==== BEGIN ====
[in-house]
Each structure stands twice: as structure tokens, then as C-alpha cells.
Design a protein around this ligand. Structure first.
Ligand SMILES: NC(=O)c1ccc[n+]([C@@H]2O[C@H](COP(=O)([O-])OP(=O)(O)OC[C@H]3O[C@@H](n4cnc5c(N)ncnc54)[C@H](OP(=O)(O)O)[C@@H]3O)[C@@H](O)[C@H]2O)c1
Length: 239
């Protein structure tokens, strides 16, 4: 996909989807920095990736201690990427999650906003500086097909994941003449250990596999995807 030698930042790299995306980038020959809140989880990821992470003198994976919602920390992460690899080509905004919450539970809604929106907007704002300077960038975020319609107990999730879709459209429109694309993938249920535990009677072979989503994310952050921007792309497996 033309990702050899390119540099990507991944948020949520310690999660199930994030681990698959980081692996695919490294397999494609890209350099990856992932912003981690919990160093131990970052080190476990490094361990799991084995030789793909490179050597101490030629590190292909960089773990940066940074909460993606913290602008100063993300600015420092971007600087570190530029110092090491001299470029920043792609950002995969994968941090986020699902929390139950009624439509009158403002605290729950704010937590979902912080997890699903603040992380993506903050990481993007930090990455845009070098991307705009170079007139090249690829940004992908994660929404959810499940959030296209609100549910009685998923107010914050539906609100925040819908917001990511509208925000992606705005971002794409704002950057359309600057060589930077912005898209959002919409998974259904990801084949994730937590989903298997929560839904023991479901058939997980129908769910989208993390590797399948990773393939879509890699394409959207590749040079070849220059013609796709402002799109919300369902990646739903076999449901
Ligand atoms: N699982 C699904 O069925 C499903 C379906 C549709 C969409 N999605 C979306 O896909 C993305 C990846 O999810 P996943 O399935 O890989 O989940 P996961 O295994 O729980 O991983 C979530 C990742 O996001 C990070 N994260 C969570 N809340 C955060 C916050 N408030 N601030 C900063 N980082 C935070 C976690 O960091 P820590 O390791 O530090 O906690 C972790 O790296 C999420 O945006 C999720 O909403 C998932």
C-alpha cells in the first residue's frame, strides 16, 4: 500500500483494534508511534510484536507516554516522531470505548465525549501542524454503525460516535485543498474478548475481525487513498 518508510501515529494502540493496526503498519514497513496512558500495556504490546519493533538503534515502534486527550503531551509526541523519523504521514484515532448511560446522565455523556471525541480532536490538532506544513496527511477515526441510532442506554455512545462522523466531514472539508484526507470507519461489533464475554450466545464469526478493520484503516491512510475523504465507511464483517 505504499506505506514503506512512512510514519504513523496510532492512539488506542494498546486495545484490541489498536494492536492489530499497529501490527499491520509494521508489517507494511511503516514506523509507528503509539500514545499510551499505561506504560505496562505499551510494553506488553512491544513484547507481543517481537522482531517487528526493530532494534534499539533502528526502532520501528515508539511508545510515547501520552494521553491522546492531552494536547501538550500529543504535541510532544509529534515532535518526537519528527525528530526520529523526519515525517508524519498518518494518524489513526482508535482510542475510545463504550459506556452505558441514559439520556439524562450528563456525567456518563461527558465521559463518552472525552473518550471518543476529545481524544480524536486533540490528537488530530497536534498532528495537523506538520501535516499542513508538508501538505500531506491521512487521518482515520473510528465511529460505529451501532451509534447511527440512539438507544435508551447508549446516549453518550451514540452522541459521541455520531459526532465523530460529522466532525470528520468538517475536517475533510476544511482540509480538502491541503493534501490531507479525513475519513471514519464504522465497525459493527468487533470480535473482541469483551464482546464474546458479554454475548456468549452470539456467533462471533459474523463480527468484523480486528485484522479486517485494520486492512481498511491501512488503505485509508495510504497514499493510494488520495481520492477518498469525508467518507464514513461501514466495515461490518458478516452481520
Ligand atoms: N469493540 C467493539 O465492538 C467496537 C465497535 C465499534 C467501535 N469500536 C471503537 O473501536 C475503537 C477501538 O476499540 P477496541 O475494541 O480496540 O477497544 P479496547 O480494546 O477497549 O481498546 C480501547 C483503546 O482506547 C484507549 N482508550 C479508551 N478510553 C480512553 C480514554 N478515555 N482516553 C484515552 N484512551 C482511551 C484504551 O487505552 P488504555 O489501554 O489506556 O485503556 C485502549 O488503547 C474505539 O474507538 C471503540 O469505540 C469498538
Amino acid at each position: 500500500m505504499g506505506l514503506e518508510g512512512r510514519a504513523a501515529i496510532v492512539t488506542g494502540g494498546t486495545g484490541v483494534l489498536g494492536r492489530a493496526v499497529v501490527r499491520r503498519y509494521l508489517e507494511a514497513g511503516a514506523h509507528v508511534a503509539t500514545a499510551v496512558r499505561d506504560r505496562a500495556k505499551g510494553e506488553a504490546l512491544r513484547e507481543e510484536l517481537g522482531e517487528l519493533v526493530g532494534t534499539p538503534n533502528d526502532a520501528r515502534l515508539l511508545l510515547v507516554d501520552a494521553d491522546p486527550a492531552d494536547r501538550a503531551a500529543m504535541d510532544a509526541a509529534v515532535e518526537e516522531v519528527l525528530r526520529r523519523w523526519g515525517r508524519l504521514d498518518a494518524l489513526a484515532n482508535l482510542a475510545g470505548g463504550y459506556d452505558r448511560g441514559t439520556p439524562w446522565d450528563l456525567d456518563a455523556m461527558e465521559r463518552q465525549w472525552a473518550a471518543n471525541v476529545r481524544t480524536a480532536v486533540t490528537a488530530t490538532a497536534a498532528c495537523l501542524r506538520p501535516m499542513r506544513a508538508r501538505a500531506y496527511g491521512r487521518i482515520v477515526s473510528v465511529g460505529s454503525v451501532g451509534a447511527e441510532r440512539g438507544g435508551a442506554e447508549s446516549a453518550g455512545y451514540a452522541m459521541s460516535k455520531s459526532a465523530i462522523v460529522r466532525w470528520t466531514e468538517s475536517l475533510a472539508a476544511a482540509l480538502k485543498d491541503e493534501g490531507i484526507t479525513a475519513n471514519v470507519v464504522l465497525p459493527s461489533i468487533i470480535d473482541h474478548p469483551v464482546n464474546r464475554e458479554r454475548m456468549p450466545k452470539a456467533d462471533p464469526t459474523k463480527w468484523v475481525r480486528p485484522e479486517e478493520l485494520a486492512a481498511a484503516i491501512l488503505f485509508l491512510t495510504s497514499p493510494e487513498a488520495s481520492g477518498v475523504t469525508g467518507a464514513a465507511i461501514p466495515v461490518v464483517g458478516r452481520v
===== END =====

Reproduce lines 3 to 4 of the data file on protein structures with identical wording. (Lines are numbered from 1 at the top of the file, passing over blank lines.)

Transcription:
Design a protein around this ligand. Structure first.
Ligand SMILES: NC(=O)c1ccc[n+]([C@@H]2O[C@H](COP(=O)([O-])OP(=O)(O)OC[C@H]3O[C@@H](n4cnc5c(N)ncnc54)[C@H](OP(=O)(O)O)[C@@H]3O)[C@@H](O)[C@H]2O)c1